In simple terms, Reverse Domain Name Hijacking (RDNH) is when a person or company try to take your domain name from you using the UDRP (Uniform Dispute Resolution Policy) process, or via a case filed in Federal court. Reverse hijacking is attempted by making a false claim of trademark infringement intended to scare a domain registrant into giving up their domain name.
The domain registrant will typically receive a cease & desist letter accusing the registrant of infringing on a trademark (that is arguably weak or non-existent). The letter may demand that the registrant either cancel the domain registration through their sponsoring registrar, or transfer the domain name to the person/company claiming the infringement.
Reverse hijacking is more easily defended in regard to generic domain names. Pure generic and geographical domain names enjoy considerable protection under U.S. trademark law, and there is an extensive body of case precedent supporting this conclusion. That is excellent news for holders of generic domain names. However, some unscrupulous companies will try their luck with the UDRP process in the hope that you, the registrant, will fail to respond to their UDRP claim.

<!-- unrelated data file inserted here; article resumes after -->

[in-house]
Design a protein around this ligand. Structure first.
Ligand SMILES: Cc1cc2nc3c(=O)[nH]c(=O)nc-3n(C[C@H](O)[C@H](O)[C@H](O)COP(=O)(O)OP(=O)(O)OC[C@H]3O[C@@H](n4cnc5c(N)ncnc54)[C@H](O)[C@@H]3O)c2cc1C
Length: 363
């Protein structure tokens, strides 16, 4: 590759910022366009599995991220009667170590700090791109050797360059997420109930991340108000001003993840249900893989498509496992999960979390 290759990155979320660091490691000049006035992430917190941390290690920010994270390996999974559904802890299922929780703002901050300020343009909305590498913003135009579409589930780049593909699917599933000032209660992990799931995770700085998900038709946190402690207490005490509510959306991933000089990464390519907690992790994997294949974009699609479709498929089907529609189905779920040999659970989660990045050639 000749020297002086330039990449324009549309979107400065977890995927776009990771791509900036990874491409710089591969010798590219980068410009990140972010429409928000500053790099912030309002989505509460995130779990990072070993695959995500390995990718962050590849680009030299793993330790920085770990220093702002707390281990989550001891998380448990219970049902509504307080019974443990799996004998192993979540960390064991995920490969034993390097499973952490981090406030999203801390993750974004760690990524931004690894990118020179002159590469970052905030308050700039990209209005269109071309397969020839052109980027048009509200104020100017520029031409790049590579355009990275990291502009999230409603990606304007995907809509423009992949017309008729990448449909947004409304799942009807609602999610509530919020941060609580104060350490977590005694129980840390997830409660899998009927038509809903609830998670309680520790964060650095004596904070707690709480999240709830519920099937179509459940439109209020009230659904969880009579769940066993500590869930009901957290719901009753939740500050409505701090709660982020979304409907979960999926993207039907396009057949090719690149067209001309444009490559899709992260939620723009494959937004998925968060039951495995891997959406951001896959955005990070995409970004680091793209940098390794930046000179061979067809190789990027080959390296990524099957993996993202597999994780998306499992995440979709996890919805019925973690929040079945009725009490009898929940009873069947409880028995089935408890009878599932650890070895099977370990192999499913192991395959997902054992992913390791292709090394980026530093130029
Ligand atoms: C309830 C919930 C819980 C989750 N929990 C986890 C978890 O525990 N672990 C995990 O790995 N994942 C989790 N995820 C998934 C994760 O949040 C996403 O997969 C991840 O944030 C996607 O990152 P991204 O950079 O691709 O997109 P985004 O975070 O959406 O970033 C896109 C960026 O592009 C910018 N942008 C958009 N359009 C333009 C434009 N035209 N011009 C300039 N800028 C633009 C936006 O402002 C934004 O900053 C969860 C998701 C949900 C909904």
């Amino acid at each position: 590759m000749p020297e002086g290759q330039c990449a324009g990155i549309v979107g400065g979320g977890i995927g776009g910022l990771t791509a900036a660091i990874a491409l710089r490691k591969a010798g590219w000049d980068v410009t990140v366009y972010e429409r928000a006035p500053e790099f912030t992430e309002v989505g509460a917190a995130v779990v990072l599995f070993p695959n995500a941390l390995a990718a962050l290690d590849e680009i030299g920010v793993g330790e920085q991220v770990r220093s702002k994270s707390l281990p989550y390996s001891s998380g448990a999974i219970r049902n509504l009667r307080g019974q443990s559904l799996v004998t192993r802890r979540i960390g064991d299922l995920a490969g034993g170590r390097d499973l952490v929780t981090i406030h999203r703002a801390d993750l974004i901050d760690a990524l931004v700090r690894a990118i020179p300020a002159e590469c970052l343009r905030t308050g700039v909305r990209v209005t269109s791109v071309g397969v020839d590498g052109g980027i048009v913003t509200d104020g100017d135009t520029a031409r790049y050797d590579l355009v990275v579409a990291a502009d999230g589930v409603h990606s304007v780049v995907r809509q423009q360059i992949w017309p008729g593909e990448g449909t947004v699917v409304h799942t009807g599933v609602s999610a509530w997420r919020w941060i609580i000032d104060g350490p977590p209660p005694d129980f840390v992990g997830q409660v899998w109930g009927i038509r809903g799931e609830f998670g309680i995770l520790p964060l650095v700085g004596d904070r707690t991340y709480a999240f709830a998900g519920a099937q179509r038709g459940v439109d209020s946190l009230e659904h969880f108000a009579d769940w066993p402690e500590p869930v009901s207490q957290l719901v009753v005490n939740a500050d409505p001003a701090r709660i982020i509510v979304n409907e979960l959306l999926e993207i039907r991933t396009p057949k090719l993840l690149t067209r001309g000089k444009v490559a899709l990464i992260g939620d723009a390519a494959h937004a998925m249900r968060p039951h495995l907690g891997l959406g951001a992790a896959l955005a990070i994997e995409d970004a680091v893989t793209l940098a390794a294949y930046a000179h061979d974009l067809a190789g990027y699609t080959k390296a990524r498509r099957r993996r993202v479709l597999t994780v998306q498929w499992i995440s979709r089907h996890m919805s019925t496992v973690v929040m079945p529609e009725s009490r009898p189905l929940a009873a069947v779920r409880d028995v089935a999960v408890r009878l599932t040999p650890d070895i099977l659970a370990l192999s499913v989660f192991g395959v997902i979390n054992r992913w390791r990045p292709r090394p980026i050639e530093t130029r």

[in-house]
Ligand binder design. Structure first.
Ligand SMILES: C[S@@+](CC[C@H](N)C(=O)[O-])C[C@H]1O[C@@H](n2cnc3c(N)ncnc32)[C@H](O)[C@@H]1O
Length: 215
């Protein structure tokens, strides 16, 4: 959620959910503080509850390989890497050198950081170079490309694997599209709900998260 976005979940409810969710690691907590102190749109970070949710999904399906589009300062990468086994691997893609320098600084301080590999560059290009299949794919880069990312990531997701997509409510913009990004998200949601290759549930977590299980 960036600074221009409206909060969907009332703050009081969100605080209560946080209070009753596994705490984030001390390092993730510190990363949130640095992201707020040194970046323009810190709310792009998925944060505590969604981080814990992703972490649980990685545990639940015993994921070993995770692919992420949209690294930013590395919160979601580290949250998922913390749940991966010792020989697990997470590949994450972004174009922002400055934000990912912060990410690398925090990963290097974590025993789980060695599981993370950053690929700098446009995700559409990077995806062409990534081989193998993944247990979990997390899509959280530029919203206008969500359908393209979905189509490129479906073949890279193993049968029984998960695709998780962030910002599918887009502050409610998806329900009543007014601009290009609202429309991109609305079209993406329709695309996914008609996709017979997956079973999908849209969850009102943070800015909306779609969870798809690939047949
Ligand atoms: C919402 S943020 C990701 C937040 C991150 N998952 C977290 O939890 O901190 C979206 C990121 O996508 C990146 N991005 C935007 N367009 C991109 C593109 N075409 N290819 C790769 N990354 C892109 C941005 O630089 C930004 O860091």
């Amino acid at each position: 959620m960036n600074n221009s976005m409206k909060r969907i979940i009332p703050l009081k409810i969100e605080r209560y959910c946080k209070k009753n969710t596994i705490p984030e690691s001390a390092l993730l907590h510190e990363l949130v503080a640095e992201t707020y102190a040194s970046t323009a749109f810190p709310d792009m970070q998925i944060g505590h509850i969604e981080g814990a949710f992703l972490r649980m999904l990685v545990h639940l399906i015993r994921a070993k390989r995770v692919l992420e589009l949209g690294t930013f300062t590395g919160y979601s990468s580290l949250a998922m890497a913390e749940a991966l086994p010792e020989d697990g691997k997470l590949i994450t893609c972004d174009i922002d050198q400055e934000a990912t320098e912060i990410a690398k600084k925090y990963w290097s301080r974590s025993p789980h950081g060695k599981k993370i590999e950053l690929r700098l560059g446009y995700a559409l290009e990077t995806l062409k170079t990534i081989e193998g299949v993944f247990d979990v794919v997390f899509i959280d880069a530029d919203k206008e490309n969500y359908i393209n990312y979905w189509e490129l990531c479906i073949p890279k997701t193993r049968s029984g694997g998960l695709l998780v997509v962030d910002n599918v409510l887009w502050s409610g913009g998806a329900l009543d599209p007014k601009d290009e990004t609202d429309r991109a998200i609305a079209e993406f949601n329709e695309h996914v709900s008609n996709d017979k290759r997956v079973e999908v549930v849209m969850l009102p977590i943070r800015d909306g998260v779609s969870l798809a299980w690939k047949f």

Key point: Always respond to a UDRP claim. They are winnable. You have 20 days to file a response to a UDRP. Reverse hijackers feel they have nothing to lose since submitting a UDRP claim can be done for as little as $1250. If you fail to respond to a claim in the allotted time, then the hijacker will win by default and your domain name will likely be transferred to the hijacker simply on your failure to respond.
There are cases in which a registrant was out of the country on business or vacation, and did not get back home in time to respond to a UDRP claim. So checking mail and email at least weekly is obviously important. If you lose a UDRP against a hijacker, you have 10 days to file a civil lawsuit for “injunctive relief” which will take the case to court where you can have the unjust UDRP decision overturned. However, it’s much easier to just respond to the UDRP and win the case up front.
Listed below are additional resources to further your research
- USPTO.gov (United States Patent & Trademark Office – Trademark Search)
- WIPO (World Intellectual Property Org. – UDRP Domain Name Case Search)
- NAF (National Arbitration Forum – UDRP Domain Name Case Search)
- DomainFight.net (an excellent site that will search the database of both WIPO & NAF)
Domain Attorneys (with numerous wins to their credit)